Dreamland Bruce McDonald Stephen McHattie

Stephen McHattie in Dreamland

Bruce McDonald’s totally gonzo new movie Dreamland needs to be seen

Two Stephen McHatties, Juliette Lewis and Henry Rollins star in this new film that throws everything at the wall.

We can’t talk about the new Bruce McDonald film Dreamland without talking about other movies first. It’s not just that the film traffics in a post-modern, post-Tarantino mish-mash style that furiously goes about stapling together disparate genre elements (most explicitly gangster movies and the ever-present looming spectre of jazz) together. It’s that Dreamland eventually moves into sending up and deconstructing exactly the kind of movie it appears to be on the surface.

Though it would be simple to just call Dreamland second-rate Lynch and leave it at that, there’s both more going on here and less lofty ideals than one might expect. Where a lot of these films (recent examples off the top of my head include Terminal, Passion Play, Hotel Artemis and Mute) fail is in their absolute lack of a sense of humour; even the ones that are would-be black comedies tend to fall completely up their own assholes in a smug acceptance of irony as the end-all be-all. Dreamland, to its complete and utter benefit, is a film that both wallows in grotesque clichés and seeks to upend them.

Juliette Lewis Dreamland Bruce McDonald
Tomas Lemarquis and Juliette Lewis in Dreamland

Johnny (Stephen McHattie) works as a hitman in a lightly futuristic Luxembourg. Johnny’s main client is Hercules (Henry Rollins), a despotic strip-club owner and pimp who has connived his way into making Johnny kill whoever stood between him and the possibility of adding underage children to the bevy of products available in his imaginatively named nightclub, Al-Qaeda. Johnny isn’t too keen on these recent developments; as a grizzled, weird hitman in a movie about a grizzled, weird hitman, he has a particular code of conduct that does not include children. Nevertheless, Johnny is forced by Hercules to do one last job: he’s to chop the pinky finger off of a visiting jazz trumpeter who disrespected Hercules by asking for his name when giving him his autograph. The problem is that the trumpeter (also played by McHattie in one of the film’s many flights of meta-fuckery fancy) is in town to play a wedding between Johnny’s 14-year-old neighbour and the vampiric brother (Tomas Lemarquis) of the town’s countess (Juliette Lewis), which makes him somewhat hard to access — and that, for whatever reason, Johnny finds himself incapable of going through with the job.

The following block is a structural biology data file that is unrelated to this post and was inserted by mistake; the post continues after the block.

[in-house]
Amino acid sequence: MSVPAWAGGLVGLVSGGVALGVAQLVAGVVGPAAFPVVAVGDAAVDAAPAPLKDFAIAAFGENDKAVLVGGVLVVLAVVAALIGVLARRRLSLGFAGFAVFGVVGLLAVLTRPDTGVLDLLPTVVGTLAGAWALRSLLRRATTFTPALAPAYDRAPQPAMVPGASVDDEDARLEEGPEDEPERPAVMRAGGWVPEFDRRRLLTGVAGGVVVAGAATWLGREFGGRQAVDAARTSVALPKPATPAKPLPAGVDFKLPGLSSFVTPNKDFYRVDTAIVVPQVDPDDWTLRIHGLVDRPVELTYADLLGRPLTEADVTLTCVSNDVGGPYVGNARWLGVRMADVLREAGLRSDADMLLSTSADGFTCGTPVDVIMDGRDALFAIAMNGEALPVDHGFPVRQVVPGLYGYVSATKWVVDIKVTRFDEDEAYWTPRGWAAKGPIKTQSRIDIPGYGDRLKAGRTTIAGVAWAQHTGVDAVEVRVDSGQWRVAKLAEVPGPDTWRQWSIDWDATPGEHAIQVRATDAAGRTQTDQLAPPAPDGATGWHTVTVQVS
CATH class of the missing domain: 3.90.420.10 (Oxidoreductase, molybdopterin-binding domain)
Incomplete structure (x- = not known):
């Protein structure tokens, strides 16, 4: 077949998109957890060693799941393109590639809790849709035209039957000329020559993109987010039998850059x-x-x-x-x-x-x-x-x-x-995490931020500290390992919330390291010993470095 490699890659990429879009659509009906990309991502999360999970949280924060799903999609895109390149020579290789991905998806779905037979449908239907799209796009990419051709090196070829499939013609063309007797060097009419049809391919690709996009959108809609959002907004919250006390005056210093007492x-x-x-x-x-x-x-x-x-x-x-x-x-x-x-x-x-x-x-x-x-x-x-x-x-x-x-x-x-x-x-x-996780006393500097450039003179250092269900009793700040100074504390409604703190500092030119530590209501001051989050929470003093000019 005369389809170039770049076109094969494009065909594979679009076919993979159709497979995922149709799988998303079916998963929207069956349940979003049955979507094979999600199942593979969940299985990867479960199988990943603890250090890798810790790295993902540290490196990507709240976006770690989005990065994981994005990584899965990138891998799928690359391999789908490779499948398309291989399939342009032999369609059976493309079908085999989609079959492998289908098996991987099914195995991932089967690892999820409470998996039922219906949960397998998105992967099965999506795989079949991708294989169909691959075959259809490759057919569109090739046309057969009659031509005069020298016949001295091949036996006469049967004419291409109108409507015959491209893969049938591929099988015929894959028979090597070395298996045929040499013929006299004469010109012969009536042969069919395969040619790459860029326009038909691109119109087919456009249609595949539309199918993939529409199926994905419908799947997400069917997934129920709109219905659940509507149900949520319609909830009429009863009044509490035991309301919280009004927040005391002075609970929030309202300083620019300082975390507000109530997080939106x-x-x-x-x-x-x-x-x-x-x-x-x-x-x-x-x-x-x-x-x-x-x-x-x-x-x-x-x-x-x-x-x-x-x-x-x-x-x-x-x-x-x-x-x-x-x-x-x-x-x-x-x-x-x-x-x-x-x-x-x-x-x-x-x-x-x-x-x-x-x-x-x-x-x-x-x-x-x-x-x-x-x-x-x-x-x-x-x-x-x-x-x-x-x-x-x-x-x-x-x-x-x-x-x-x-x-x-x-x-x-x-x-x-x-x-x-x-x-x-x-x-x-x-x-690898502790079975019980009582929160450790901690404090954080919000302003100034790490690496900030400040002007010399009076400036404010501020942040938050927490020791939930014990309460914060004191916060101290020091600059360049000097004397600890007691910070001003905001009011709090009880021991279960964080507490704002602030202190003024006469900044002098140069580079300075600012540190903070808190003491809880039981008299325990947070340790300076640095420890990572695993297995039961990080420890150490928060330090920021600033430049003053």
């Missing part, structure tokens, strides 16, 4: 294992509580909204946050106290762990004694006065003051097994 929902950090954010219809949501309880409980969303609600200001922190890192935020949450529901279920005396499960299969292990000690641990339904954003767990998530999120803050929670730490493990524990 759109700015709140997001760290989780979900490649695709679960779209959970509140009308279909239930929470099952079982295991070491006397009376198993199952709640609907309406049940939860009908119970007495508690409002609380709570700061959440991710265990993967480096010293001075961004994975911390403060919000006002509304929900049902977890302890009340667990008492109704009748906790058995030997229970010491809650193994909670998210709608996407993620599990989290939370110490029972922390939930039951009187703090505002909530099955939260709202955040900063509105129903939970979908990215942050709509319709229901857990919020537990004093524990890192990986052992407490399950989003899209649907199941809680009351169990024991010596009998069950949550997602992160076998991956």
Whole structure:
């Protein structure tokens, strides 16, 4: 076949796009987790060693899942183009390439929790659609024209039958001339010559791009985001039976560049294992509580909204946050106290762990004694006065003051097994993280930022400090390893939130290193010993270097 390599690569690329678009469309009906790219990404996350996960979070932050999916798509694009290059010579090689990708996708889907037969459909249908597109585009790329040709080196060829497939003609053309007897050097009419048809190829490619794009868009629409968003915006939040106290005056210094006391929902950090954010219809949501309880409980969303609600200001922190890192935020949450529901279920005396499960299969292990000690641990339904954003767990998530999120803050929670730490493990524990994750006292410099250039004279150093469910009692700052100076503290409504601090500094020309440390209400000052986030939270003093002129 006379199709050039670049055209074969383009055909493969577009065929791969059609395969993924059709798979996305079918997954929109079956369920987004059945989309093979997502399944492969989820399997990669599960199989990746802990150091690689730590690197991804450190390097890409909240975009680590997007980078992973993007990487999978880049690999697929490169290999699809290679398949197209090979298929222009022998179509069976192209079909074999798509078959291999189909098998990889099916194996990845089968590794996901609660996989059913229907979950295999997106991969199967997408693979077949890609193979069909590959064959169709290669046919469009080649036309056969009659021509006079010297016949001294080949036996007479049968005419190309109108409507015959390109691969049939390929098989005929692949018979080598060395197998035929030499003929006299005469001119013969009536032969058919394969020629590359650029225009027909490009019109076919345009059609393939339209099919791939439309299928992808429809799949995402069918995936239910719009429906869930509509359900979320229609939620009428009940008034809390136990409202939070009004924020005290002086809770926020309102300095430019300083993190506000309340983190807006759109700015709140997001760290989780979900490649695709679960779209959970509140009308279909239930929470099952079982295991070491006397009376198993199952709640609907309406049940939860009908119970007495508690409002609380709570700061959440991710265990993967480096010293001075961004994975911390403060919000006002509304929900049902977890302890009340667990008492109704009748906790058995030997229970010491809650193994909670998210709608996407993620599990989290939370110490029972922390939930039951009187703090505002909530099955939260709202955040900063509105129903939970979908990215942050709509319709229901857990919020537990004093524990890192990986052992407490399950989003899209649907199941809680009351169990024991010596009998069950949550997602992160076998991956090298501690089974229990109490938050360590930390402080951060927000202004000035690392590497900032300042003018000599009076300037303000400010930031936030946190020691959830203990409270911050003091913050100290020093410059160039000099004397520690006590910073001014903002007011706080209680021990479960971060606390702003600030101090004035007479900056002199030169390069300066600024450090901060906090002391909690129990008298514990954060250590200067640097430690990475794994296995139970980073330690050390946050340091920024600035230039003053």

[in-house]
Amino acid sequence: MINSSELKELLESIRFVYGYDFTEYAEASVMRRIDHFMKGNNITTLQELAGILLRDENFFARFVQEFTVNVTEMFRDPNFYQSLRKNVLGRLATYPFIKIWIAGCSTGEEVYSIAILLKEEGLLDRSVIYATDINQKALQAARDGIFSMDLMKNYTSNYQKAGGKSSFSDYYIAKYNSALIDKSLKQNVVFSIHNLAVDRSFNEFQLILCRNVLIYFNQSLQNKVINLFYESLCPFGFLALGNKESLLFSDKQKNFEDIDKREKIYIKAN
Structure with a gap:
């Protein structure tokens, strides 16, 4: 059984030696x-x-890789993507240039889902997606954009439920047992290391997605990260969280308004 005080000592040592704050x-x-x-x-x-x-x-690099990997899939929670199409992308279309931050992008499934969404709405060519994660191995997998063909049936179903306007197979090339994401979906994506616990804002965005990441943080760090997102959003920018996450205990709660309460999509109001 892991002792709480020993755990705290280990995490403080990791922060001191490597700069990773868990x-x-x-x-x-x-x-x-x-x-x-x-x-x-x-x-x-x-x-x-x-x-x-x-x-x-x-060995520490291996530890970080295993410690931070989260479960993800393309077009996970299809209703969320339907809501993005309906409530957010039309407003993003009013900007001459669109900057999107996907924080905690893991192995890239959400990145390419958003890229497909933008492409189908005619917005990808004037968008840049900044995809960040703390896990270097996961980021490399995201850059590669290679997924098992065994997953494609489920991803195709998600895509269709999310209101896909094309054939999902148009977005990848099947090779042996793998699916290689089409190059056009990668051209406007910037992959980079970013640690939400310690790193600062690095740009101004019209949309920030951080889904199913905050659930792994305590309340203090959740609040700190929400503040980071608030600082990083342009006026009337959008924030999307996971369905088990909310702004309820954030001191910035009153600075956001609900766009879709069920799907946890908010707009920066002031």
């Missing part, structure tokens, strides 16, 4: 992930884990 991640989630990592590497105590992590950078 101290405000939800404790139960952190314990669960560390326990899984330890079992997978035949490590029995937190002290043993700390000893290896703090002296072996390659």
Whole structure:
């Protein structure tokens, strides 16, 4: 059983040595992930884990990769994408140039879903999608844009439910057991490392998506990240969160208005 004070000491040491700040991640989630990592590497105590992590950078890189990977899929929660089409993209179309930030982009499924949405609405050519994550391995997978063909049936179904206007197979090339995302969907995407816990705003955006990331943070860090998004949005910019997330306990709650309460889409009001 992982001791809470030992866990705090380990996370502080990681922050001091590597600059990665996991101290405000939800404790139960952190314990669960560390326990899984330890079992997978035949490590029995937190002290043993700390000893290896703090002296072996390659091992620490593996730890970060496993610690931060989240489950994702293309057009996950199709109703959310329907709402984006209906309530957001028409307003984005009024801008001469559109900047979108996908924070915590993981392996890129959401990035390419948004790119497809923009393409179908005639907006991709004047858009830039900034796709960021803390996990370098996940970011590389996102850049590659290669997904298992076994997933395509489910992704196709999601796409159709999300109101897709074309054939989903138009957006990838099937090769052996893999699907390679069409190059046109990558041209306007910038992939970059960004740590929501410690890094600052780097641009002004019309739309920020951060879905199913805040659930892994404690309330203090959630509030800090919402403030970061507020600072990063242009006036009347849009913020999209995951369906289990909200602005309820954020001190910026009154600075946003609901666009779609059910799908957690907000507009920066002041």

McDonald’s career has always been iconoclastic and somewhat lacking a throughline; if he’s made at least one (if not a few) of the great rock movies in history, he’s also made his share of somewhat anonymous work and uneven genre exercises. The movie that Dreamland reminds me the most of is Picture Claire, another film that adopted the clichés of a particularly hoary and creatively bankrupt subgenre (the DTV chase thriller circa 2001) with such vehement faith that it had to be a desire for subversion. If Picture Claire is indeed an experiment in something or other, it is a failed one — which is not the case for Dreamland, a film that manages to weave the artificiality of its premise, the ponderous nature of its writing and the deliberately ornate and wooden dialogue at its core into something that, while not exactly subversive, definitely works in an odd way.

Part of the reason Dreamland succeeds beyond its weird-for-weird’s-sake vibe is the way that McDonald will lean into corniness in one scene and completely deflate it in the other. The world does not need yet another movie about a smacked-out white guy who plays the trumpet, and the way the character of the Maestro is treated here is curiously devoid of introspection or subversion. Conversely, almost everything with the Hercules character is deliberately overblown and rigidly cartoonish, completely off-setting the much more measured performances that McHattie is given. Frankly, in most cases, all of this would come across as a haphazard and tonally inconsistent mess, but there’s something to the dosage and the attitude here that makes Dreamland much more enjoyable — and much funnier — than it promises to be initially.

McHattie is clearly, at this point, something of a grizzled old muse for Bruce McDonald. Dreamland, in a sense, feels like an excuse to fully explore the bruised aura that McHattie is often asked to dole out in smallish doses elsewhere. Though ostensibly some pretty showy roles (most dual roles are), McHattie is by far the most restrained aspect of an otherwise gonzo and bugnuts exercise.

If there’s a real flaw to Dreamland — or a reason why it remains just a fitfully amusing bit of genre wankery — it’s that for all its bells and whistles, it is about spectacularly little. Some have surmised that the film is a not-so-subtle dig at Jeffrey Epstein and Ghislaine Maxwell and the way their malevolence was completely accepted and even applauded by the elites, but that seems more coincidental than anything else. The turmoil faced by the characters seems mainly aesthetic turmoil; it is turmoil for the sake of looking like you’re in turmoil above all else. Dreamland is mainly surface — shiny baubles and loud noises and the sharp glint of metal — but it does it better than most. ■

Dreamland is on VOD as of Friday, May 29. Watch the trailer here:

Dreamland by Bruce McDonald

See more details about Dreamland here.

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